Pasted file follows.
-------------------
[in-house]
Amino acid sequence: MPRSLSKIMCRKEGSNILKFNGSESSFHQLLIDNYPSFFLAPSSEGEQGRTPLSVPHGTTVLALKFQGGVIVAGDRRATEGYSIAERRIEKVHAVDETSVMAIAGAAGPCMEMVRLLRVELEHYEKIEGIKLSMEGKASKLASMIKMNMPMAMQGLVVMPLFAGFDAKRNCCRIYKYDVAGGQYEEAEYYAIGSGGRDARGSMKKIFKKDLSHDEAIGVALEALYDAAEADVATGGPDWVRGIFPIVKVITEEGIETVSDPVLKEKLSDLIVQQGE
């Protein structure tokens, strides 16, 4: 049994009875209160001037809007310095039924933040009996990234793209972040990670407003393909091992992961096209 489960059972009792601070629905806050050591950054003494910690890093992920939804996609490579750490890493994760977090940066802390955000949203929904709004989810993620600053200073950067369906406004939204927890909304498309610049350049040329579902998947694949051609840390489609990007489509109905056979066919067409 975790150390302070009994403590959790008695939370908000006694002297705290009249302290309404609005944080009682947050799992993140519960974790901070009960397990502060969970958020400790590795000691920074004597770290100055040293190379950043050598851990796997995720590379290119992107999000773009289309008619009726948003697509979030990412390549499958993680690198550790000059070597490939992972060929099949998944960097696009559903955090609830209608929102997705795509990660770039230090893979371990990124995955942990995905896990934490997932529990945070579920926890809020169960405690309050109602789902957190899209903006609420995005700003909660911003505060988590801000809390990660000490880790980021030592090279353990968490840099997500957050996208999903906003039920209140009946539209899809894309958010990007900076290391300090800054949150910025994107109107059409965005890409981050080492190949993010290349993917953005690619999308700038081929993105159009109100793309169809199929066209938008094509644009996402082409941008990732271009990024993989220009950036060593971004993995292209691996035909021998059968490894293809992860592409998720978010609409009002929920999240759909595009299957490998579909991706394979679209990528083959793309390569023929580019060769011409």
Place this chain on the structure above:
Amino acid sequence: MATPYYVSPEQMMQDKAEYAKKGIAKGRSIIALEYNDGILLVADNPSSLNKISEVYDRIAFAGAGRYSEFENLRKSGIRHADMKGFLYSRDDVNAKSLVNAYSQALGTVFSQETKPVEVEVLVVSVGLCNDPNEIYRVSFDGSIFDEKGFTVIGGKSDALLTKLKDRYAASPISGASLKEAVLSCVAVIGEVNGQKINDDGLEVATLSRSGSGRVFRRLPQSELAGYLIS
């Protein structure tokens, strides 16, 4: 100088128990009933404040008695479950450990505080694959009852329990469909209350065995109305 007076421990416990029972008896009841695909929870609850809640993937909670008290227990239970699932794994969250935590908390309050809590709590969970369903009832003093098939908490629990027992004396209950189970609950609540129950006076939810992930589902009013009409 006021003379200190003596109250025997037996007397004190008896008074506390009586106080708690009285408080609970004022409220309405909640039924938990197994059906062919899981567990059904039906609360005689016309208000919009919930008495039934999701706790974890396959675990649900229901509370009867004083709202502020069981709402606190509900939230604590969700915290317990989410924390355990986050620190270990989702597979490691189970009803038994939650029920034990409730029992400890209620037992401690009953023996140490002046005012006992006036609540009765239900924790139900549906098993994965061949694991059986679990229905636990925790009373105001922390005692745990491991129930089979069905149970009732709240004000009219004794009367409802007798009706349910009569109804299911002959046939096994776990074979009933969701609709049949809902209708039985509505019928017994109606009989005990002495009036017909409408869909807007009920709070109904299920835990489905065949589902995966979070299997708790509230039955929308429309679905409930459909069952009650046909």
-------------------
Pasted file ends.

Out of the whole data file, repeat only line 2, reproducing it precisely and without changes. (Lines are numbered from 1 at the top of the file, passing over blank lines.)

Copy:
Amino acid sequence: MPRSLSKIMCRKEGSNILKFNGSESSFHQLLIDNYPSFFLAPSSEGEQGRTPLSVPHGTTVLALKFQGGVIVAGDRRATEGYSIAERRIEKVHAVDETSVMAIAGAAGPCMEMVRLLRVELEHYEKIEGIKLSMEGKASKLASMIKMNMPMAMQGLVVMPLFAGFDAKRNCCRIYKYDVAGGQYEEAEYYAIGSGGRDARGSMKKIFKKDLSHDEAIGVALEALYDAAEADVATGGPDWVRGIFPIVKVITEEGIETVSDPVLKEKLSDLIVQQGE